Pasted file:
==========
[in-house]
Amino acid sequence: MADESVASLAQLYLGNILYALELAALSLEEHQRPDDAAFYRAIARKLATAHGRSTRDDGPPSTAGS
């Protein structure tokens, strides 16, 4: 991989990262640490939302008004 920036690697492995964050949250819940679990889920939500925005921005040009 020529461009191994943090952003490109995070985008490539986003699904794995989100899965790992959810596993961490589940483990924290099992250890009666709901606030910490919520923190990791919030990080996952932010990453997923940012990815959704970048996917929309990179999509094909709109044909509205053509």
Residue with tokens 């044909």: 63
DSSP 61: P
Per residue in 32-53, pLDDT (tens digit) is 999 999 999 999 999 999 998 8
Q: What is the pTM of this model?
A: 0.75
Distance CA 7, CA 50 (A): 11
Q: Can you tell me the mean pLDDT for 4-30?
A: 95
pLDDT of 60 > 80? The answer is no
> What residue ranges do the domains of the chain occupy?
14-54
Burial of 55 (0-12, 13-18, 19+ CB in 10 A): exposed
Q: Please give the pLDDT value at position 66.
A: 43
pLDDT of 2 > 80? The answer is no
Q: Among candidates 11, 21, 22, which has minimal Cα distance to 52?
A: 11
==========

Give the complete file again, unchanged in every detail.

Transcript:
[in-house]
Amino acid sequence: MADESVASLAQLYLGNILYALELAALSLEEHQRPDDAAFYRAIARKLATAHGRSTRDDGPPSTAGS
């Protein structure tokens, strides 16, 4: 991989990262640490939302008004 920036690697492995964050949250819940679990889920939500925005921005040009 020529461009191994943090952003490109995070985008490539986003699904794995989100899965790992959810596993961490589940483990924290099992250890009666709901606030910490919520923190990791919030990080996952932010990453997923940012990815959704970048996917929309990179999509094909709109044909509205053509």
Residue with tokens 């044909």: 63
DSSP 61: P
Per residue in 32-53, pLDDT (tens digit) is 999 999 999 999 999 999 998 8
Q: What is the pTM of this model?
A: 0.75
Distance CA 7, CA 50 (A): 11
Q: Can you tell me the mean pLDDT for 4-30?
A: 95
pLDDT of 60 > 80? The answer is no
> What residue ranges do the domains of the chain occupy?
14-54
Burial of 55 (0-12, 13-18, 19+ CB in 10 A): exposed
Q: Please give the pLDDT value at position 66.
A: 43
pLDDT of 2 > 80? The answer is no
Q: Among candidates 11, 21, 22, which has minimal Cα distance to 52?
A: 11